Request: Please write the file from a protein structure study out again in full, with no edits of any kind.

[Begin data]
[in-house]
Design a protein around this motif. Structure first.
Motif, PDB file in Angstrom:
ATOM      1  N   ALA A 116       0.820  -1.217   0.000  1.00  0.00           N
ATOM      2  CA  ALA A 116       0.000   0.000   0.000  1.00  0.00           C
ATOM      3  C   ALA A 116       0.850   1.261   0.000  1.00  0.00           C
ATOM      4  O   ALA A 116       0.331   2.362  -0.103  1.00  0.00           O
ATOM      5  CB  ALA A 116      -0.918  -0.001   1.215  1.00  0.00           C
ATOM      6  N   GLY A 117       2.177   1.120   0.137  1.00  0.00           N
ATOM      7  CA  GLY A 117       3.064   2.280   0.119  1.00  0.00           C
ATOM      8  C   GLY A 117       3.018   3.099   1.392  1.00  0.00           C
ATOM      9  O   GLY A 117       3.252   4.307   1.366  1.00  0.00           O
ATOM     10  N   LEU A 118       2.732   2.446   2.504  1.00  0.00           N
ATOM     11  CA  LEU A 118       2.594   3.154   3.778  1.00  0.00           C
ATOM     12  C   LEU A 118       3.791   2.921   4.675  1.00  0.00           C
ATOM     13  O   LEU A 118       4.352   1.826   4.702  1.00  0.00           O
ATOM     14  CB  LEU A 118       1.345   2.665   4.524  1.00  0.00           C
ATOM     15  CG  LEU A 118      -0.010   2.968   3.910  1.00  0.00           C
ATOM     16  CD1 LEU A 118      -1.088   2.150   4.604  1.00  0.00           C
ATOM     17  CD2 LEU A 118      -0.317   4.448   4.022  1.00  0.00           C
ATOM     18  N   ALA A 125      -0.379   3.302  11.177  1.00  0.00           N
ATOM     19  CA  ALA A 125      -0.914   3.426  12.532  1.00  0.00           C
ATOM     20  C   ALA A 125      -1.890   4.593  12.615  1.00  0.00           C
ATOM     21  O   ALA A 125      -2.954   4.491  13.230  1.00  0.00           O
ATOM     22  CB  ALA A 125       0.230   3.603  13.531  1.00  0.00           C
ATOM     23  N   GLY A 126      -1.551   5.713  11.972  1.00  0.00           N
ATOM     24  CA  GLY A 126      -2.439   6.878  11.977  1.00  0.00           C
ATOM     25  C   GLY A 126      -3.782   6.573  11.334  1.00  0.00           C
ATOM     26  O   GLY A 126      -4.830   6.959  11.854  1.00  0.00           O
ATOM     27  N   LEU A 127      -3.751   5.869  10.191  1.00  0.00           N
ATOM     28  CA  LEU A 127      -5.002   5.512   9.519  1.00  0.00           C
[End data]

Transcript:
[in-house]
Design a protein around this motif. Structure first.
Motif, PDB file in Angstrom:
ATOM      1  N   ALA A 116       0.820  -1.217   0.000  1.00  0.00           N
ATOM      2  CA  ALA A 116       0.000   0.000   0.000  1.00  0.00           C
ATOM      3  C   ALA A 116       0.850   1.261   0.000  1.00  0.00           C
ATOM      4  O   ALA A 116       0.331   2.362  -0.103  1.00  0.00           O
ATOM      5  CB  ALA A 116      -0.918  -0.001   1.215  1.00  0.00           C
ATOM      6  N   GLY A 117       2.177   1.120   0.137  1.00  0.00           N
ATOM      7  CA  GLY A 117       3.064   2.280   0.119  1.00  0.00           C
ATOM      8  C   GLY A 117       3.018   3.099   1.392  1.00  0.00           C
ATOM      9  O   GLY A 117       3.252   4.307   1.366  1.00  0.00           O
ATOM     10  N   LEU A 118       2.732   2.446   2.504  1.00  0.00           N
ATOM     11  CA  LEU A 118       2.594   3.154   3.778  1.00  0.00           C
ATOM     12  C   LEU A 118       3.791   2.921   4.675  1.00  0.00           C
ATOM     13  O   LEU A 118       4.352   1.826   4.702  1.00  0.00           O
ATOM     14  CB  LEU A 118       1.345   2.665   4.524  1.00  0.00           C
ATOM     15  CG  LEU A 118      -0.010   2.968   3.910  1.00  0.00           C
ATOM     16  CD1 LEU A 118      -1.088   2.150   4.604  1.00  0.00           C
ATOM     17  CD2 LEU A 118      -0.317   4.448   4.022  1.00  0.00           C
ATOM     18  N   ALA A 125      -0.379   3.302  11.177  1.00  0.00           N
ATOM     19  CA  ALA A 125      -0.914   3.426  12.532  1.00  0.00           C
ATOM     20  C   ALA A 125      -1.890   4.593  12.615  1.00  0.00           C
ATOM     21  O   ALA A 125      -2.954   4.491  13.230  1.00  0.00           O
ATOM     22  CB  ALA A 125       0.230   3.603  13.531  1.00  0.00           C
ATOM     23  N   GLY A 126      -1.551   5.713  11.972  1.00  0.00           N
ATOM     24  CA  GLY A 126      -2.439   6.878  11.977  1.00  0.00           C
ATOM     25  C   GLY A 126      -3.782   6.573  11.334  1.00  0.00           C
ATOM     26  O   GLY A 126      -4.830   6.959  11.854  1.00  0.00           O
ATOM     27  N   LEU A 127      -3.751   5.869  10.191  1.00  0.00           N
ATOM     28  CA  LEU A 127      -5.002   5.512   9.519  1.00  0.00           C